On Wednesday, Nov. 20, the House of Representatives' Judiciary Committee approved the Marijuana Opportunity Reinvestment and Expungement (MORE) Act. The move is a crucial step in making the bill a federal law. The act passed easily in the committee, by a vote of 24 to 10, following more than two hours of debate.
Arguably the bill's most critical feature is that it "deschedules," or eliminates, marijuana from the list of prohibited items under the federal Controlled Substances Act, effectively legalizing the drug.
Other aspects of the proposed law include a 5% tax on cannabis goods and a requirement that federal courts expunge old marijuana-related convictions for people once found guilty of such violations.
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Currently, marijuana legalization is a state-by-state patchwork in the U.S. A few states have legalized cannabis for both medical and recreational use, while others allow medical cannabis only and some haven't sanctioned either form.
The MORE Act is the second bill in recent months to gain traction in the House. In September, the House as a whole overwhelmingly passed the Secure and Fair Enforcement (SAFE) Banking Act. That measure is aimed at freeing banks and credit unions to provide certain ground-level financial services for companies involved in the cannabis trade, such as dispensaries.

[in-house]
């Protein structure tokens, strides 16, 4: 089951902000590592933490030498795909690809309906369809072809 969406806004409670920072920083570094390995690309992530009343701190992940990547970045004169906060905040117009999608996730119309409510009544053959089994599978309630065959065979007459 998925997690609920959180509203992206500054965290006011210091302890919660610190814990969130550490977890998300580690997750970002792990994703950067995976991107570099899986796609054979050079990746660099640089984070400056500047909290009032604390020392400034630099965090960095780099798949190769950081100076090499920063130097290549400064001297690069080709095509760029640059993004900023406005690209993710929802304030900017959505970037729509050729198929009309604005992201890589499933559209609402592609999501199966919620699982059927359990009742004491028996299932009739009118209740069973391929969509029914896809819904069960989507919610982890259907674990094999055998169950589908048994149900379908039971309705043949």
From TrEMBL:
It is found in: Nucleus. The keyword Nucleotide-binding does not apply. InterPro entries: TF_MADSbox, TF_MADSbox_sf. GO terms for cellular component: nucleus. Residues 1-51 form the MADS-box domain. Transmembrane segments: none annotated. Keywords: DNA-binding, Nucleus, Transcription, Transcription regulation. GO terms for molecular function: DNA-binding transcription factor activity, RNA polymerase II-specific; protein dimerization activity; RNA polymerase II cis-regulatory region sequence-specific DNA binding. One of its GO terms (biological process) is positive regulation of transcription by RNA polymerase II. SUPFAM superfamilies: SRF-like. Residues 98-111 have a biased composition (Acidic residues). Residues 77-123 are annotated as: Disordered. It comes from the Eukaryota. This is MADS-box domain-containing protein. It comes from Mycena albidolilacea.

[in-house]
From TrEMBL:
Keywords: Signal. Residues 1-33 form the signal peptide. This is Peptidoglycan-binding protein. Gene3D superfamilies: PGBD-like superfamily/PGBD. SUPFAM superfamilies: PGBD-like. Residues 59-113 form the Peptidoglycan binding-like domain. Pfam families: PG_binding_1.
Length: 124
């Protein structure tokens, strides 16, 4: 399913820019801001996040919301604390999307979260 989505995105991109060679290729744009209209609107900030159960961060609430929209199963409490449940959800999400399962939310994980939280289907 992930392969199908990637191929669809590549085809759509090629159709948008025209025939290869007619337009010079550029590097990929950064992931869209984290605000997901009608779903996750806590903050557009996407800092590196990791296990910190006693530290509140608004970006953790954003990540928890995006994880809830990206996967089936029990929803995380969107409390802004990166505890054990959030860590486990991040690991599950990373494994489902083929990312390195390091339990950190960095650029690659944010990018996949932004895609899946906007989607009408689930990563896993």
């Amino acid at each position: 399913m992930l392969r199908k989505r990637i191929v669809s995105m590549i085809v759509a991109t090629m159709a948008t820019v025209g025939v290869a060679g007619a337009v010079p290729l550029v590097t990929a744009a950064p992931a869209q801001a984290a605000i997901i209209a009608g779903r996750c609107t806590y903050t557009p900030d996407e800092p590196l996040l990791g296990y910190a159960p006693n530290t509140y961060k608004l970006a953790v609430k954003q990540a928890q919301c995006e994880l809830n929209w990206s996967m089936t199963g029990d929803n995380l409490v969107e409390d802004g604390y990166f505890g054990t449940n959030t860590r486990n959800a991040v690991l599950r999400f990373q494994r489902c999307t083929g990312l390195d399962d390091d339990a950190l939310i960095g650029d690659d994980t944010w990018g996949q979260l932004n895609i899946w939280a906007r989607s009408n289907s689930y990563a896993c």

Like the SAFE Banking Act, it's likely that the MORE Act will pass in a full House vote given that it enjoys widespread support among the majority of Democrats. Similar to what happened with the former, the MORE Act should also garner a host of yes votes from reform-minded Republicans.
A larger concern is the Senate, where a bill passed by the House must go for approval in order to become law. Senate Majority Leader Mitch McConnell has indicated his resistance to cannabis reform, while the White House has signaled tepid support at best. Many political pundits believe that neither the SAFE Banking Act nor the MORE Act has a high chance of passing in the current Senate.
Nevertheless, investors in marijuana stocks reacted positively to the news of the MORE Act's progress. Aurora Cannabis (NYSE: ACB) shares closed Wednesday up by 13%, while rival industry bellwether Canopy Growth (NYSE: CGC) went up 15%.
Even though both Aurora Cannabis and Canopy Growth are based in Canada, the opening of the massive U.S. market would widen their business opportunities considerably.
Given the apparently dim prospects for passage in the Senate, though, this current rally might not be sustained enough to mitigate the recent unpopularity of marijuana stocks. Even when today's jumps are taken into account, both Aurora Cannabis and Canopy Growth are down significantly on a year-to-date basis, the former by 56% and the latter by 45%.
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